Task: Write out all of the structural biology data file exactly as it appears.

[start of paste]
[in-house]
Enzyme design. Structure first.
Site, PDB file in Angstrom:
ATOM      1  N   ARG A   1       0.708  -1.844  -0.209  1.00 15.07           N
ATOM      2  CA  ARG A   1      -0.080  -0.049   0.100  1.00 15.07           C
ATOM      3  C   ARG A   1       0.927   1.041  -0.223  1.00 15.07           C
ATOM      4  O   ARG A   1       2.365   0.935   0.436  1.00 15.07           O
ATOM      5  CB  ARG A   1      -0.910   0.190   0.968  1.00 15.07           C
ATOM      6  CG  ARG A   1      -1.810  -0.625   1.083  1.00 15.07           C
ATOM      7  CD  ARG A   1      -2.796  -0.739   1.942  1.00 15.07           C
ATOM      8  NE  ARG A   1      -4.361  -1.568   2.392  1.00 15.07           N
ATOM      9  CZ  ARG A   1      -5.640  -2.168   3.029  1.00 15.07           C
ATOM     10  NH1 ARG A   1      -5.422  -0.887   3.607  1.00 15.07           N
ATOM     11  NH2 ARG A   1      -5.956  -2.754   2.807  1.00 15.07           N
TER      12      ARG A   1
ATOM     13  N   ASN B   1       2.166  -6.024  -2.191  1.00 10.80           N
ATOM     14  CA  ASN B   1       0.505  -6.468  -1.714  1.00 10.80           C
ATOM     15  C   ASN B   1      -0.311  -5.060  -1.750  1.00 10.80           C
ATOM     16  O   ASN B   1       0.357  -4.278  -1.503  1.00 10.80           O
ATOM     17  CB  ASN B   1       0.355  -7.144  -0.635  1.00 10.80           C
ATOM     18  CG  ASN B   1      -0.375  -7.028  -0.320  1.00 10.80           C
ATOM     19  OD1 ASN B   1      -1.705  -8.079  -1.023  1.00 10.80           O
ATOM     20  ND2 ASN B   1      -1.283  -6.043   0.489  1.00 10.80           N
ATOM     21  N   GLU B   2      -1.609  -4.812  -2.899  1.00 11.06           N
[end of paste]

[in-house]
Enzyme design. Structure first.
Site, PDB file in Angstrom:
ATOM      1  N   ARG A   1       0.708  -1.844  -0.209  1.00 15.07           N
ATOM      2  CA  ARG A   1      -0.080  -0.049   0.100  1.00 15.07           C
ATOM      3  C   ARG A   1       0.927   1.041  -0.223  1.00 15.07           C
ATOM      4  O   ARG A   1       2.365   0.935   0.436  1.00 15.07           O
ATOM      5  CB  ARG A   1      -0.910   0.190   0.968  1.00 15.07           C
ATOM      6  CG  ARG A   1      -1.810  -0.625   1.083  1.00 15.07           C
ATOM      7  CD  ARG A   1      -2.796  -0.739   1.942  1.00 15.07           C
ATOM      8  NE  ARG A   1      -4.361  -1.568   2.392  1.00 15.07           N
ATOM      9  CZ  ARG A   1      -5.640  -2.168   3.029  1.00 15.07           C
ATOM     10  NH1 ARG A   1      -5.422  -0.887   3.607  1.00 15.07           N
ATOM     11  NH2 ARG A   1      -5.956  -2.754   2.807  1.00 15.07           N
TER      12      ARG A   1
ATOM     13  N   ASN B   1       2.166  -6.024  -2.191  1.00 10.80           N
ATOM     14  CA  ASN B   1       0.505  -6.468  -1.714  1.00 10.80           C
ATOM     15  C   ASN B   1      -0.311  -5.060  -1.750  1.00 10.80           C
ATOM     16  O   ASN B   1       0.357  -4.278  -1.503  1.00 10.80           O
ATOM     17  CB  ASN B   1       0.355  -7.144  -0.635  1.00 10.80           C
ATOM     18  CG  ASN B   1      -0.375  -7.028  -0.320  1.00 10.80           C
ATOM     19  OD1 ASN B   1      -1.705  -8.079  -1.023  1.00 10.80           O
ATOM     20  ND2 ASN B   1      -1.283  -6.043   0.489  1.00 10.80           N
ATOM     21  N   GLU B   2      -1.609  -4.812  -2.899  1.00 11.06           N